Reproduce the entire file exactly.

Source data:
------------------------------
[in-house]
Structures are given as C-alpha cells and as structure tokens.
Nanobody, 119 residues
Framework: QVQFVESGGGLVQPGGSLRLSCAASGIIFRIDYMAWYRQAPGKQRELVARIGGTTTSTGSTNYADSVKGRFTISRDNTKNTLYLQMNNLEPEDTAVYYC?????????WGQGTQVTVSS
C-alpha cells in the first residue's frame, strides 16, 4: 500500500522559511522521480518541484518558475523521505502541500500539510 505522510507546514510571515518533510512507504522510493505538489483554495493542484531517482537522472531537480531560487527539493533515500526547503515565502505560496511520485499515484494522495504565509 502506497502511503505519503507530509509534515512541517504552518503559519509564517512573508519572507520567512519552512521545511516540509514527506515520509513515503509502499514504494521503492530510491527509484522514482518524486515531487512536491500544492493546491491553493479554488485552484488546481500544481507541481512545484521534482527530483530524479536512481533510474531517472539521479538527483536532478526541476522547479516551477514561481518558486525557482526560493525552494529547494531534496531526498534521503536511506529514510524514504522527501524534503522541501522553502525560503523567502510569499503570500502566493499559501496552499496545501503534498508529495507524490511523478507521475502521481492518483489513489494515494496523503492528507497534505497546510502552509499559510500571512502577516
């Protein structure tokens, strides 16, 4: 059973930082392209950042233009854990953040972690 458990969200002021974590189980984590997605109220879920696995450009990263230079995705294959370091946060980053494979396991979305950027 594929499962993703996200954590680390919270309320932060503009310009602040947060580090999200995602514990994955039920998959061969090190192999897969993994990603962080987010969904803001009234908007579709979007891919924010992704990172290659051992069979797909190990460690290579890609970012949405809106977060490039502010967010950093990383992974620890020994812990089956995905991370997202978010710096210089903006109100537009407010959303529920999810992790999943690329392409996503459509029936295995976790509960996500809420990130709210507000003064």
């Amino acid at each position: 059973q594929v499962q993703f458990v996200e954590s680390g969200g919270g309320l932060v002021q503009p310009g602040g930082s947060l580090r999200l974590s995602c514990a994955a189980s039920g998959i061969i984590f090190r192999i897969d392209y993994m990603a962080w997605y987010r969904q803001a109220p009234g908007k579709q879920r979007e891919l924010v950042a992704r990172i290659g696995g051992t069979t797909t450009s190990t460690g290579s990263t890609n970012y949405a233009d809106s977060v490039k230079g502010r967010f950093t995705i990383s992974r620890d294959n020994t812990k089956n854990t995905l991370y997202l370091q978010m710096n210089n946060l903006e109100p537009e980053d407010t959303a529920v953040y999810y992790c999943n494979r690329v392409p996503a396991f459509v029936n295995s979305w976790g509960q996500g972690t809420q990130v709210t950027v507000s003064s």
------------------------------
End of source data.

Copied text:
[in-house]
Structures are given as C-alpha cells and as structure tokens.
Nanobody, 119 residues
Framework: QVQFVESGGGLVQPGGSLRLSCAASGIIFRIDYMAWYRQAPGKQRELVARIGGTTTSTGSTNYADSVKGRFTISRDNTKNTLYLQMNNLEPEDTAVYYC?????????WGQGTQVTVSS
C-alpha cells in the first residue's frame, strides 16, 4: 500500500522559511522521480518541484518558475523521505502541500500539510 505522510507546514510571515518533510512507504522510493505538489483554495493542484531517482537522472531537480531560487527539493533515500526547503515565502505560496511520485499515484494522495504565509 502506497502511503505519503507530509509534515512541517504552518503559519509564517512573508519572507520567512519552512521545511516540509514527506515520509513515503509502499514504494521503492530510491527509484522514482518524486515531487512536491500544492493546491491553493479554488485552484488546481500544481507541481512545484521534482527530483530524479536512481533510474531517472539521479538527483536532478526541476522547479516551477514561481518558486525557482526560493525552494529547494531534496531526498534521503536511506529514510524514504522527501524534503522541501522553502525560503523567502510569499503570500502566493499559501496552499496545501503534498508529495507524490511523478507521475502521481492518483489513489494515494496523503492528507497534505497546510502552509499559510500571512502577516
């Protein structure tokens, strides 16, 4: 059973930082392209950042233009854990953040972690 458990969200002021974590189980984590997605109220879920696995450009990263230079995705294959370091946060980053494979396991979305950027 594929499962993703996200954590680390919270309320932060503009310009602040947060580090999200995602514990994955039920998959061969090190192999897969993994990603962080987010969904803001009234908007579709979007891919924010992704990172290659051992069979797909190990460690290579890609970012949405809106977060490039502010967010950093990383992974620890020994812990089956995905991370997202978010710096210089903006109100537009407010959303529920999810992790999943690329392409996503459509029936295995976790509960996500809420990130709210507000003064």
């Amino acid at each position: 059973q594929v499962q993703f458990v996200e954590s680390g969200g919270g309320l932060v002021q503009p310009g602040g930082s947060l580090r999200l974590s995602c514990a994955a189980s039920g998959i061969i984590f090190r192999i897969d392209y993994m990603a962080w997605y987010r969904q803001a109220p009234g908007k579709q879920r979007e891919l924010v950042a992704r990172i290659g696995g051992t069979t797909t450009s190990t460690g290579s990263t890609n970012y949405a233009d809106s977060v490039k230079g502010r967010f950093t995705i990383s992974r620890d294959n020994t812990k089956n854990t995905l991370y997202l370091q978010m710096n210089n946060l903006e109100p537009e980053d407010t959303a529920v953040y999810y992790c999943n494979r690329v392409p996503a396991f459509v029936n295995s979305w976790g509960q996500g972690t809420q990130v709210t950027v507000s003064s």